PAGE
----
Oh, and what a wonderful dinner it was!

Lots of good food (if I may say so), lovely people, wonderful music, good wine, candles, thoughtful gifts and after dessert – a zombie card game!

Our dessert was a gingerbread cake based on a Polish recipe with a thick chocolatey icing and homemade Christmas spice raspberry jam as filling. Very yum and (almost) as satisfying as killing a playing card zombie, I’d say! ;)

Rosemary Salt & Lemon Biscuits

29 Oct

Rosemary salt and lemon biscuits

Two of the things that happen when you’ve recently moved into a new house: people you like come to visit you (yay!) and bring presents (double-yay!) :D

The traditional present on an occasion like this is bread and salt. Wikipedia says it’s “to wish sedentary, prosperity and fertility.”* I’ll gladly just take one of these three things. Oh, and the bread and salt.

Especially when it’s fancy salt.

Like rosemary sea salt. Yum!

I just had to try it as soon as possible. So I made these rosemary salt  and lemon biscuits, taking a beautiful recipe for savoury biscuits and then “adapting” it beyond recognition. It’s what I do best! :)

The result is highly satisfactory. So now I will have to try and recreate them and also remember the recipe, so I may even be able to post it on here…

 

 

* Fancy footnote to prove I’ve used a semi-legitimate source

 

Linzertorte tray bake for Austria Day 2014

26 Oct

Linzertorte tray bake

Having recently moved house, I now live even further away from my home town and feel even more obliged to bring some proper (i.e. Austrian) culture to the people here. :)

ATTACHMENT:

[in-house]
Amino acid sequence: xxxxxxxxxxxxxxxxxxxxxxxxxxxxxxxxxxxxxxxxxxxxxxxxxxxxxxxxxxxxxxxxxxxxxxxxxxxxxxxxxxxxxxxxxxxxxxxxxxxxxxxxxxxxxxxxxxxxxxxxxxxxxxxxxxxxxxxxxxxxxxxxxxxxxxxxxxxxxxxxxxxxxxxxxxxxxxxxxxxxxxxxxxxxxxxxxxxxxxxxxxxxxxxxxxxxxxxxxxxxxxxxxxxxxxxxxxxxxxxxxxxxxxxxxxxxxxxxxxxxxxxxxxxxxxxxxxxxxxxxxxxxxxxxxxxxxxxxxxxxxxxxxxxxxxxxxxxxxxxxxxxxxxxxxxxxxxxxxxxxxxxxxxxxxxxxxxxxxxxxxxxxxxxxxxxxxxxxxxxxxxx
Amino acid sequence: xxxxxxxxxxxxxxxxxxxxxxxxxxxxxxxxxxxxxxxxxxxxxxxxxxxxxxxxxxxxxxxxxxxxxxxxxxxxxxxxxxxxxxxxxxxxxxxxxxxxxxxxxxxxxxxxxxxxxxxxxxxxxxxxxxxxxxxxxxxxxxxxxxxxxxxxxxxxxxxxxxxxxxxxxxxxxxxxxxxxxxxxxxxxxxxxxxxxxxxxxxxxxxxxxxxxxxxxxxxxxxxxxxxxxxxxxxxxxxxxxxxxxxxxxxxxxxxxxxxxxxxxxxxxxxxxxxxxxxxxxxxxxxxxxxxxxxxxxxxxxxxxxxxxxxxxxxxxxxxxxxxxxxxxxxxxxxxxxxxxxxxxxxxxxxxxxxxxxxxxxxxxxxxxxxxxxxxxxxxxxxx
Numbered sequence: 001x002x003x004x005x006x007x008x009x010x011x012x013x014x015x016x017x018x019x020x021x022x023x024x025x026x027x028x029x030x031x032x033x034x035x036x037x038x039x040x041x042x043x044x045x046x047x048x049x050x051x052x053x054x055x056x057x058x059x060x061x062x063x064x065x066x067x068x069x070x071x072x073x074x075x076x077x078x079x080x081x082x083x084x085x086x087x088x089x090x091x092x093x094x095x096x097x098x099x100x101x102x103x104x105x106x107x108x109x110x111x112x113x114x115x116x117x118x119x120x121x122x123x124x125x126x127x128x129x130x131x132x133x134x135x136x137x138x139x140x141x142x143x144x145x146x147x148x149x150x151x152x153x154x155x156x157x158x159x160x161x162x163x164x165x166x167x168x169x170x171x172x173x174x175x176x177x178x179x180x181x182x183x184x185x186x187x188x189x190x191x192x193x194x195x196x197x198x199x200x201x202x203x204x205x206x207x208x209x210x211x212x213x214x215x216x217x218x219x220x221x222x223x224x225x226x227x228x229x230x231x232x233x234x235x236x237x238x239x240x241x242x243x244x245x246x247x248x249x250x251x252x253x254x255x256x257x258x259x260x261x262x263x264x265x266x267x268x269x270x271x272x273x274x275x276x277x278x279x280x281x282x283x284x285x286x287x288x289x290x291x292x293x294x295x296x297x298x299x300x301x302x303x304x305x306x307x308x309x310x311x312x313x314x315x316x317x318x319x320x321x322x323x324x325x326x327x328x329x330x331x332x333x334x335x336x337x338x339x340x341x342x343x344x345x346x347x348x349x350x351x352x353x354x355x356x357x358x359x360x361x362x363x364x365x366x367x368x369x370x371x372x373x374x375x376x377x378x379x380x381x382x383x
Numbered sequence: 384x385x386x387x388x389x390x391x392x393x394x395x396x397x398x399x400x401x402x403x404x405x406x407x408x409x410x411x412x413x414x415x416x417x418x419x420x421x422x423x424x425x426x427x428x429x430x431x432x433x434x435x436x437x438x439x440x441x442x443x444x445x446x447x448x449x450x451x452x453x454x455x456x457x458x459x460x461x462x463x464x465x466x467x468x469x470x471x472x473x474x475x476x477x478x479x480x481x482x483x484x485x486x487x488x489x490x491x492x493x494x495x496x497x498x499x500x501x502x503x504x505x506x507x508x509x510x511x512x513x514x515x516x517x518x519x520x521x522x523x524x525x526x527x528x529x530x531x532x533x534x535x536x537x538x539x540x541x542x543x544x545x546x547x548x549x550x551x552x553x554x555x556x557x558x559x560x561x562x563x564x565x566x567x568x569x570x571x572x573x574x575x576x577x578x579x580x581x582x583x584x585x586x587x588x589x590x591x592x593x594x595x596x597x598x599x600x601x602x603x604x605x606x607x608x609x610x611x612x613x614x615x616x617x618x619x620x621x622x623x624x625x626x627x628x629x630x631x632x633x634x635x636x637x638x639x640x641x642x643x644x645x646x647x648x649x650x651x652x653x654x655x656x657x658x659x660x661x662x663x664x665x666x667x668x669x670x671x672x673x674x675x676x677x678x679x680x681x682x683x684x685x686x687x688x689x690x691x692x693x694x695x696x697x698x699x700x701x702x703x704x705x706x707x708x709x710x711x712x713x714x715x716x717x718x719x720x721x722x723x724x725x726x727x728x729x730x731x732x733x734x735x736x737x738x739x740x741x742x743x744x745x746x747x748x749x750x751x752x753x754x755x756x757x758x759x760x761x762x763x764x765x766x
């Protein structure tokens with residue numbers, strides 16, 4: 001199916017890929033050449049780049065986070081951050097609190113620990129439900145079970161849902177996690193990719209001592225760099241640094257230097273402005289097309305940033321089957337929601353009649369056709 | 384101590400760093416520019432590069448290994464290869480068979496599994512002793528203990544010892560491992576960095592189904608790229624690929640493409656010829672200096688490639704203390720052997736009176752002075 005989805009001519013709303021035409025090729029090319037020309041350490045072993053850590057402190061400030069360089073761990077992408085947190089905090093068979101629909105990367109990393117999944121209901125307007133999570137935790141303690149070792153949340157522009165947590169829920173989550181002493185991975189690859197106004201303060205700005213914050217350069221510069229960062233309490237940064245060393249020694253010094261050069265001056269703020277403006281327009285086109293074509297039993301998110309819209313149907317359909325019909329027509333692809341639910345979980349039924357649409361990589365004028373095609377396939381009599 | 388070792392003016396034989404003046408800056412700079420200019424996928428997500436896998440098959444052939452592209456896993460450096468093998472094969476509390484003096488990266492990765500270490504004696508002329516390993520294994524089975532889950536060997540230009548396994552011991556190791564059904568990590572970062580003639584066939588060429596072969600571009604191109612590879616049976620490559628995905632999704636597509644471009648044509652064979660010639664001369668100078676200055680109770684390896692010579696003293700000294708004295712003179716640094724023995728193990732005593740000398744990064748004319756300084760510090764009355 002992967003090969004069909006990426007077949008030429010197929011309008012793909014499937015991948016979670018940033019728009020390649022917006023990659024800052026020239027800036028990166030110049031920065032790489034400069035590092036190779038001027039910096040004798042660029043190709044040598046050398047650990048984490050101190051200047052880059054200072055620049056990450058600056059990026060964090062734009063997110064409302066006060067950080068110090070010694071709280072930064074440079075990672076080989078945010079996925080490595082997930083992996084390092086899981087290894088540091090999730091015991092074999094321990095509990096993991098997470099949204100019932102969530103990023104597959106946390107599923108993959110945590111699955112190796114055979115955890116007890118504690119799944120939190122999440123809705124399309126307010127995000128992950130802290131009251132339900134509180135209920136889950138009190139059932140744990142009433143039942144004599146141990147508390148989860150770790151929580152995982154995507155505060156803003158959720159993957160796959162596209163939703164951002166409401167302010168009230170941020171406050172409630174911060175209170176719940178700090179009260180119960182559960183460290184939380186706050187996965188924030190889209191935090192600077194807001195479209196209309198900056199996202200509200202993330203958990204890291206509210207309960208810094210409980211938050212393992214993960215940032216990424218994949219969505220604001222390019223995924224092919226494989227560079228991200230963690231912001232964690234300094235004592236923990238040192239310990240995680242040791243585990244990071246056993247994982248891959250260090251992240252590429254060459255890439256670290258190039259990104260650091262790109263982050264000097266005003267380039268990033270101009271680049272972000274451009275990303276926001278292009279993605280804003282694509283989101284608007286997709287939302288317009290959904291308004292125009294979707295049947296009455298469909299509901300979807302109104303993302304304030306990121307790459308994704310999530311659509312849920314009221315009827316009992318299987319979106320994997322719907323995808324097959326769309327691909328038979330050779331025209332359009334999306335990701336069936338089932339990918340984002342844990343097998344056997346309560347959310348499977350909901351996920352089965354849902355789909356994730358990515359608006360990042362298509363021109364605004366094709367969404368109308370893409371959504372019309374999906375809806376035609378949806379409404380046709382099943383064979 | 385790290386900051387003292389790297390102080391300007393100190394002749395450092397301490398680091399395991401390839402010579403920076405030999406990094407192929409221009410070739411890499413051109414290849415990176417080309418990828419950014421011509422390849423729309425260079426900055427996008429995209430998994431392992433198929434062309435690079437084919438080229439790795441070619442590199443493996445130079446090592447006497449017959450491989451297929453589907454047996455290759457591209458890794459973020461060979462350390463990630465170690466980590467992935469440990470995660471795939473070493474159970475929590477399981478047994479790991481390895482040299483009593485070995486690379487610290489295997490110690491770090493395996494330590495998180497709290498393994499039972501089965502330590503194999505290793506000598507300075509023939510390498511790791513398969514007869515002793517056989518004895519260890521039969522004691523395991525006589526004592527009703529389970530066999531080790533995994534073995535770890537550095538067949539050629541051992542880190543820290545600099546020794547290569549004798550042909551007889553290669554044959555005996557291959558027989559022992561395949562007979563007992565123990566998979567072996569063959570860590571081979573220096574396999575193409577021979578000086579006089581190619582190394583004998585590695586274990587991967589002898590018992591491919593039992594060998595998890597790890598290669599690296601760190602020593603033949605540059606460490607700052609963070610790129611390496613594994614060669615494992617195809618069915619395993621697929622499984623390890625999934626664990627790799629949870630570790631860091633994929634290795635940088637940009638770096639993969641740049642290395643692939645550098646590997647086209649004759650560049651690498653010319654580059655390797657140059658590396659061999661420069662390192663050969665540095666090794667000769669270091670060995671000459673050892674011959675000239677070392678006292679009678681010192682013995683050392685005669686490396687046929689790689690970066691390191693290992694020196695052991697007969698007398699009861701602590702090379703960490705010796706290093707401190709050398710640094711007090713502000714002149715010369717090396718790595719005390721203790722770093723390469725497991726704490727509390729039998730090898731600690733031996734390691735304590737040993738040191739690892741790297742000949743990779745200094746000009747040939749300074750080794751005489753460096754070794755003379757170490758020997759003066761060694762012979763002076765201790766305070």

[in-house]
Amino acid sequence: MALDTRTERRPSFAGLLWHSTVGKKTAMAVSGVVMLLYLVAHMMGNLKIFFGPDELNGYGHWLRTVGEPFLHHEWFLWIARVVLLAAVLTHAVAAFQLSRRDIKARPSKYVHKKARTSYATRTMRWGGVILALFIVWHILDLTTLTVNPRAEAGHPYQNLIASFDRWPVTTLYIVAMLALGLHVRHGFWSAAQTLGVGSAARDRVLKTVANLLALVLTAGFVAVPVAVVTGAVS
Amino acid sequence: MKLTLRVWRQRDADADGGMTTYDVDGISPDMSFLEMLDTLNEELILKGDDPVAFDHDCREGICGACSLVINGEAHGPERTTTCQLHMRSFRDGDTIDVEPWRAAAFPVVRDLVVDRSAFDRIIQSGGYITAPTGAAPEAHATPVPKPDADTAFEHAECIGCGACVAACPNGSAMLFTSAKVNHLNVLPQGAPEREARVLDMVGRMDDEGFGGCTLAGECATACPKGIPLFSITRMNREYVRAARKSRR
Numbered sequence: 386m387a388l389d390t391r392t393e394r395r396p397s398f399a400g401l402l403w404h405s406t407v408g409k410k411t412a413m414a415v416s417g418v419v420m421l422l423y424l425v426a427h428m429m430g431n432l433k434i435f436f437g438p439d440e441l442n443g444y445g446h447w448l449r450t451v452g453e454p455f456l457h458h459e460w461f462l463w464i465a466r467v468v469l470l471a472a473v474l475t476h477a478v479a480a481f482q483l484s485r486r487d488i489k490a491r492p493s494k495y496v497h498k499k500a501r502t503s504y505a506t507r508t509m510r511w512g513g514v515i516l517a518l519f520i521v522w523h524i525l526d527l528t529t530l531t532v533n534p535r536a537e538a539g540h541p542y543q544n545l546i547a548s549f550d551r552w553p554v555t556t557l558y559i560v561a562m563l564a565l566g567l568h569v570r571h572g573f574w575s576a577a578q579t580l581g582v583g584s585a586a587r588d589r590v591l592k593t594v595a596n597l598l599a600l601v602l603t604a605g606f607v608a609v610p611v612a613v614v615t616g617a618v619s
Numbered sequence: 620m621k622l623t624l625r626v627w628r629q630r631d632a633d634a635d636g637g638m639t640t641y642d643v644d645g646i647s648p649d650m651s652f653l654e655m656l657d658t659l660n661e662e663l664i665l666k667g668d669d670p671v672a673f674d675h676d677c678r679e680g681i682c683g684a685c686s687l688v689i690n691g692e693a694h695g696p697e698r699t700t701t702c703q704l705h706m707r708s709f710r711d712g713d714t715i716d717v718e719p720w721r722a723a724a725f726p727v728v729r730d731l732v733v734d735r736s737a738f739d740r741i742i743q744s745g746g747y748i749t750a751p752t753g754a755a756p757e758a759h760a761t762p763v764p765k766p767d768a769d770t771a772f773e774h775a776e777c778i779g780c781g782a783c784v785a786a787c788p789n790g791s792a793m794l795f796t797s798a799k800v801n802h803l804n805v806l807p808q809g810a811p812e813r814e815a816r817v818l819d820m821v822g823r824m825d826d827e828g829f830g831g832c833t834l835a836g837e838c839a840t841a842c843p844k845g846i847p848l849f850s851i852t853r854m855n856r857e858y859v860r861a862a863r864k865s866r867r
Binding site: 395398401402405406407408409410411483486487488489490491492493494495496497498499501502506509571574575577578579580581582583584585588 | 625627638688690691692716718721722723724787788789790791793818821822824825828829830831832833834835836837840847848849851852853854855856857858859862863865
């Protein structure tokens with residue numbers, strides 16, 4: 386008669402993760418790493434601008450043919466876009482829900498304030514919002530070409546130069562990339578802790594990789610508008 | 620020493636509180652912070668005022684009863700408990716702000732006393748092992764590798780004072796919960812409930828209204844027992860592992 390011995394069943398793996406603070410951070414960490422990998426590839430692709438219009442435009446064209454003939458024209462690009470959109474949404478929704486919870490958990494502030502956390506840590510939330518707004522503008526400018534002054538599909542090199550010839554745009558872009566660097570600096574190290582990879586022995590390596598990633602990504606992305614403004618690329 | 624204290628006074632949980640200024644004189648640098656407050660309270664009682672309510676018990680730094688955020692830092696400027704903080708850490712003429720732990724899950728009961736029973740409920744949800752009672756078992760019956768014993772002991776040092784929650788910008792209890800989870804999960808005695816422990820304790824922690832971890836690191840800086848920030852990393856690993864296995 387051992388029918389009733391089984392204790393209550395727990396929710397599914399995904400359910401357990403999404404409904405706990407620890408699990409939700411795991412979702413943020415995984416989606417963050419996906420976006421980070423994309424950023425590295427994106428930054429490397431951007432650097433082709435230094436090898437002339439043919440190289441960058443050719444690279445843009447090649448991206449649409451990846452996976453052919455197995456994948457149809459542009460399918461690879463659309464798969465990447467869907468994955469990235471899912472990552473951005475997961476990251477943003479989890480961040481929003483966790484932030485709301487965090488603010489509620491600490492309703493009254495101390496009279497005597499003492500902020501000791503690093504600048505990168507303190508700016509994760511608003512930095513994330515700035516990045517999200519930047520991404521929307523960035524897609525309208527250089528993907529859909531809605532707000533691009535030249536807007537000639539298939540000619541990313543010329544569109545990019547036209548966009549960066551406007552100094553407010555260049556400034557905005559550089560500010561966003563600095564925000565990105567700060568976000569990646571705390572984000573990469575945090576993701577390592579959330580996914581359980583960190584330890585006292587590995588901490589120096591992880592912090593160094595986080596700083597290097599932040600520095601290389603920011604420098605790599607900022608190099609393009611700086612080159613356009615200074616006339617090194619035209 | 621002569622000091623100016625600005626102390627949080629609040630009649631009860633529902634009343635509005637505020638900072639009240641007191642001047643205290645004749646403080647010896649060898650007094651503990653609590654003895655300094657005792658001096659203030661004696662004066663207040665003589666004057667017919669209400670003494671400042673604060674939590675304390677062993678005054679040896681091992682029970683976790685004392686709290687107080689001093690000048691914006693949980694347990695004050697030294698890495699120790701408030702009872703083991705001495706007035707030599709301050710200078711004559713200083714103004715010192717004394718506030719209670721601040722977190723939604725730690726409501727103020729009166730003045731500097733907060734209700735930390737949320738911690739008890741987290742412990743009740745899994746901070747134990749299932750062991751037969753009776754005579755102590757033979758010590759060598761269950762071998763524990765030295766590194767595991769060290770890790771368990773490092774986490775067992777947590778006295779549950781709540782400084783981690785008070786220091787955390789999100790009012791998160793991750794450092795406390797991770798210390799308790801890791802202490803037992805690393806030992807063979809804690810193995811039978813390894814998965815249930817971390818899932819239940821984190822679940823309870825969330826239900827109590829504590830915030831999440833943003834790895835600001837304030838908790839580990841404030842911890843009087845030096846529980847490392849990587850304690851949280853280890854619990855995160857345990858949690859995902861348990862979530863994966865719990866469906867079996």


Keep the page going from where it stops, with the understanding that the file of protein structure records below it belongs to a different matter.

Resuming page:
And yesterday I learned that our Linzer Torte is the oldest known recipe to take its name after a place.

Two very good reasons to forego my traditional Mozartkugel muffins for Austria day and make Linzerschnitten (Linzertorte tray bake) instead!

The recipe is my dad’s wife’s, and I like it for a number of reasons, the two most important ones being that the tray bake is a) delicious and b) a lot easier to make than the original Linzer Torte.

They key convenience factor is that with this recipe, you can pipe on the dough grid with the help of a piping bag. You do not have to roll the dough into much too long sausage-like thingies and then try and weave a beautiful grid out of the awkward dough sausages.

(Alhtough now that I am writing this I feel like playing with awkward dough sausages… Next time!)

Anyway, back to this recipe. Another thing about it is that this tray bake is considerably less dry than the original torte. Personally, I like my Linzer Torte dry as hell. Linzer Torte is perfect if you have to drink cups and cups of coffee or tea with it just so you don’t suffocate. :)

But a lot of people are, for some reason, not fond of cakes which come with the risk of suffocation. (Weirdos!) And I am on a mission to bring culture to the barbarians, so I don’t want to scare them off with the very first cake. ;)

 

Happy Nationalfeiertag to all of you!

Fischbrötchen-Kuchen

8 Oct

I call this preemptive cultural acclimatisation:

as the leaving dos continue, I have moved on, mentally at least, to my new city, which is famous for concert halls under construction – and fish sandwiches.

So being preemptive as usual, I have baked Fischbrötchen-Kuchen, fish sandwich cakes.

They are easy to make: you simply take

 

diminutive breads (= Brötchen)

 

Broetchen

and fish (biscuits)

Fische

 and then add ersatz tartar sauce (i.e. white chocolate cream cheese cream) –

and you get

Fischbrötchen!

Fischbroetchen